What Should I File First: Bankruptcy or Divorce?

Financial hardship often causes additional strain to marriages that are already struggling. When a couple decides to end a marriage that is defined by conflict, emotional distance, and relentless creditors, their first likely thought is to file for divorce. Divorce is a complex and emotional legal process that becomes even more complicated when a couple also needs to file for bankruptcy. Unfortunately, it’s impossible to complete both legal procedures simultaneously.

A married couple can file for Chapter 7 or Chapter 13 bankruptcy to resolve their debts. Chapter 7 is a liquidation option for couples with limited income. During this process, a trustee sells a debtor’s nonexempt property to repay creditors. Chapter 7 typically takes 3-4 months to complete. Chapter 13, on the other hand, is a repayment plan that lasts 3-5 years and uses a couple’s monthly disposable income to pay their debts. The court discharges any leftover debt when either bankruptcy plan is completed.

The Main Conflict

Married couples usually complete a bankruptcy option before filing for divorce. This way, spouses can share the legal fees and avoid paying joint debts. When you file for bankruptcy, your assets and property become part of your bankruptcy estate. An “automatic stay” freezes your assets so the bankruptcy court can evaluate your debts and liquidate your property. Unfortunately, it lasts until your bankruptcy plan is completed. Property division is a significant aspect of the divorce process, and an automatic stay prevents your assets from being divided by the court.

Additional Chapter 13 Complications

You likely don’t want to wait 3-5 years to divorce your spouse. Luckily, there is an option that allows you to complete your divorce and split the bankruptcy payments with your ex. However, you’ll need to receive permission from the bankruptcy court before starting this process. Your bankruptcy and divorce lawyers will be your essential allies if you want to pursue this path. The complication, however, is that debtors often have difficulty affording their payments while maintaining two individual households.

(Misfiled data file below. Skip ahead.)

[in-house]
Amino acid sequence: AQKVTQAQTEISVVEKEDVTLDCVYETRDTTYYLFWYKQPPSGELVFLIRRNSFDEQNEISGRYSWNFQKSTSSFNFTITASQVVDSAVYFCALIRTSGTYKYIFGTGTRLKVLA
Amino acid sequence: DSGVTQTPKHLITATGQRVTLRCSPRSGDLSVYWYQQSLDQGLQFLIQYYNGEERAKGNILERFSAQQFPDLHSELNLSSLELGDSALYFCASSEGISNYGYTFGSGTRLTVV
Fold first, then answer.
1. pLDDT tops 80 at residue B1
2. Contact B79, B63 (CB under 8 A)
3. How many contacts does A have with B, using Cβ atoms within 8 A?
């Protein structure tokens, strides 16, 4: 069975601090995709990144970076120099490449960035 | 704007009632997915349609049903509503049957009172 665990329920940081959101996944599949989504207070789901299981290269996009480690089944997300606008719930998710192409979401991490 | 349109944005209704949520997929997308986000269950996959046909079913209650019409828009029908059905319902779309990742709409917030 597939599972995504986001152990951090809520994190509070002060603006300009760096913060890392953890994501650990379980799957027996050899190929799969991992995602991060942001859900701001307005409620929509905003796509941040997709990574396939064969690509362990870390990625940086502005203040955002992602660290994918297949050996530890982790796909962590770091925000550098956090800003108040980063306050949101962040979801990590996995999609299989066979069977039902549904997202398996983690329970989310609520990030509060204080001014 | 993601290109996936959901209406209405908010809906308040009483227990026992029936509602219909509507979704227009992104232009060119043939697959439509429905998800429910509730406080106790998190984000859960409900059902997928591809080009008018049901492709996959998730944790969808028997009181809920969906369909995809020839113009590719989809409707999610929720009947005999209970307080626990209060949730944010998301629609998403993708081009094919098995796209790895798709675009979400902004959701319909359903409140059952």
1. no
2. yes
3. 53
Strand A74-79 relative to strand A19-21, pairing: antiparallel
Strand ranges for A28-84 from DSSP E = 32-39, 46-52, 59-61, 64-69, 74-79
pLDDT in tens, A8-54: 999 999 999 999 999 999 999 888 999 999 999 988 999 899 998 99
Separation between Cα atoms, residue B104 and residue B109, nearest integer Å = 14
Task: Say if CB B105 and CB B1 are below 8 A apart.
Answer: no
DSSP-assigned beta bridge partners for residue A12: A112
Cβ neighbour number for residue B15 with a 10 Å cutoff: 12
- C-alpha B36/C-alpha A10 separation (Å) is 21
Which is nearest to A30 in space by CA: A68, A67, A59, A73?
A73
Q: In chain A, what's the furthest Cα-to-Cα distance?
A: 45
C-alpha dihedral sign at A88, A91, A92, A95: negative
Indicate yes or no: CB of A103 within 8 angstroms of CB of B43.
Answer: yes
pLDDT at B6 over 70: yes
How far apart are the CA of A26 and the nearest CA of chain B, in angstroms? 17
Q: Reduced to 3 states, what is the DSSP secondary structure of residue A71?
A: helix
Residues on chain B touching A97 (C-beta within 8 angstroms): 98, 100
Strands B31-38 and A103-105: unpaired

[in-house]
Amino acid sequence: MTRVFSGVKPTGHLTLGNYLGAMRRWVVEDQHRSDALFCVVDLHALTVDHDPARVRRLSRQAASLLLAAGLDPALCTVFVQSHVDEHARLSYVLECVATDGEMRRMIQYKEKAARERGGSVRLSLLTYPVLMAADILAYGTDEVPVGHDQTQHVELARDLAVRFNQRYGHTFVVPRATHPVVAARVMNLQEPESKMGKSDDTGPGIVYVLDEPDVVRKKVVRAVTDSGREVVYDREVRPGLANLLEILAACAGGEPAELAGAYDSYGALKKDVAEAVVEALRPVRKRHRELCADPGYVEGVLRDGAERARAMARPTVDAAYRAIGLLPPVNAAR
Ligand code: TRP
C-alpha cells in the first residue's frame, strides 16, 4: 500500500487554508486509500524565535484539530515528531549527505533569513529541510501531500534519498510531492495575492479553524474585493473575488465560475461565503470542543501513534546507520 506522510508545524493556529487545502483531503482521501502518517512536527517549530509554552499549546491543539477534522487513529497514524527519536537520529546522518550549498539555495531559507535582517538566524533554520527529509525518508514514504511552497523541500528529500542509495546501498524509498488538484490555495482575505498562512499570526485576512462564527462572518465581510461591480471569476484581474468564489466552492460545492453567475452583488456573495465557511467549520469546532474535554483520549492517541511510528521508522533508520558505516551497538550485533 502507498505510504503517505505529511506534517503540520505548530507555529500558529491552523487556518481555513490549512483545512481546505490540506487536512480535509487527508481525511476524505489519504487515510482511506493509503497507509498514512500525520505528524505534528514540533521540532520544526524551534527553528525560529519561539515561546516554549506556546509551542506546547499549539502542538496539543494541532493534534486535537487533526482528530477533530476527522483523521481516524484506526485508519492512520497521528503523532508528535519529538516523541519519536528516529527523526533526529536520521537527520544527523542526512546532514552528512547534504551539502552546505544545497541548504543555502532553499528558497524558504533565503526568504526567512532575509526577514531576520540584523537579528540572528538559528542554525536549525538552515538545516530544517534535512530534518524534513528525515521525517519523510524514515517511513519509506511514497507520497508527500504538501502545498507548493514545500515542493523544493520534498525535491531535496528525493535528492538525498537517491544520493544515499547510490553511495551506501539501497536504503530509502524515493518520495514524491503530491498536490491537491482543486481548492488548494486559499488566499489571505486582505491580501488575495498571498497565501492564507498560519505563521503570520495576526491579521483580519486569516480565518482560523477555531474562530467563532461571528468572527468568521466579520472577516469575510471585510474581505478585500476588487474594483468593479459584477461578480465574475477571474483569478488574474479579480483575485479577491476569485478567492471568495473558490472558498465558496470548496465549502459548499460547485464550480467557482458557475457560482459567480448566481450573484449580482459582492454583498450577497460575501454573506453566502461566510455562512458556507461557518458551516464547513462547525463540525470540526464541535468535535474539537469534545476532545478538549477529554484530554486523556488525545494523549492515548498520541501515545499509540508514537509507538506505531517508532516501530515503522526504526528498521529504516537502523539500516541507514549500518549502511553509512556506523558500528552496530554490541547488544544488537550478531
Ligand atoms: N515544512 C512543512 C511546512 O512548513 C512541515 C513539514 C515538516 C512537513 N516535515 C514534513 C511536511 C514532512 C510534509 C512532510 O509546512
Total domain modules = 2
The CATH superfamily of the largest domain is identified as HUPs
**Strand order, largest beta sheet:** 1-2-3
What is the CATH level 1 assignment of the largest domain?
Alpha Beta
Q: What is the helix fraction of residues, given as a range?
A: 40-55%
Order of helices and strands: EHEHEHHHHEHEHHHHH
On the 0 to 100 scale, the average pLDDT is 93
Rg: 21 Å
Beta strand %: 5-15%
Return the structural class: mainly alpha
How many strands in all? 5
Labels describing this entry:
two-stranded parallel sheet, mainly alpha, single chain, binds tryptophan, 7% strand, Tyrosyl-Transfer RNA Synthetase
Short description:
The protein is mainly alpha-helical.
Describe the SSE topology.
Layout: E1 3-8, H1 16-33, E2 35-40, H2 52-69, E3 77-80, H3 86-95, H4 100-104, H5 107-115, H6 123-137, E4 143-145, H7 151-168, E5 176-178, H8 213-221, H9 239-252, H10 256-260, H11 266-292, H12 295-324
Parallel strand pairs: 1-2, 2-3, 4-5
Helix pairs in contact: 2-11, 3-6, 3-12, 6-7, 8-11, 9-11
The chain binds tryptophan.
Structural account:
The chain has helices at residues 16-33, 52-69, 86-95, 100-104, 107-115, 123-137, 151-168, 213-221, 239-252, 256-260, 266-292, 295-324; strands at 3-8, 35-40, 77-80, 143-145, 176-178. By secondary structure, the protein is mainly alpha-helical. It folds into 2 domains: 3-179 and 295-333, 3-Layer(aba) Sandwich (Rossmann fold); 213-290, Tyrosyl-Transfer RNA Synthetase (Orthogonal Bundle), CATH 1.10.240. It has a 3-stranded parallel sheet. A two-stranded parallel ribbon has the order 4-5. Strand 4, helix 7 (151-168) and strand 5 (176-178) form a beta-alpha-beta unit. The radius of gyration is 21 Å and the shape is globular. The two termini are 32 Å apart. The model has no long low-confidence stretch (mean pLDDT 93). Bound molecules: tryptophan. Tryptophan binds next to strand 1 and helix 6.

The Exception

A divorce may be the only way you can file for Chapter 7 bankruptcy. If your joint income is too high, you’ll be likely pushed to file for Chapter 13. In many cases, both spouses are able to file for Chapter 7 once the divorce is finalized because their individual incomes are below the state median. You don’t want to be put on a Chapter 13 repayment plan you can’t afford.

Hire a Bankruptcy Lawyer

Contact The Buchalter Law Group if you’re ready to file for Chapter 7 or Chapter 13 bankruptcy. Our Brevard County bankruptcy attorneys have a thorough understanding of the bankruptcy process, and have handled thousands of cases throughout the state of Florida.

We’ve been helping clients enjoy debt-free lives for over 35 years. Call The Buchalter Law Group at (321) 320-6088 to learn more!

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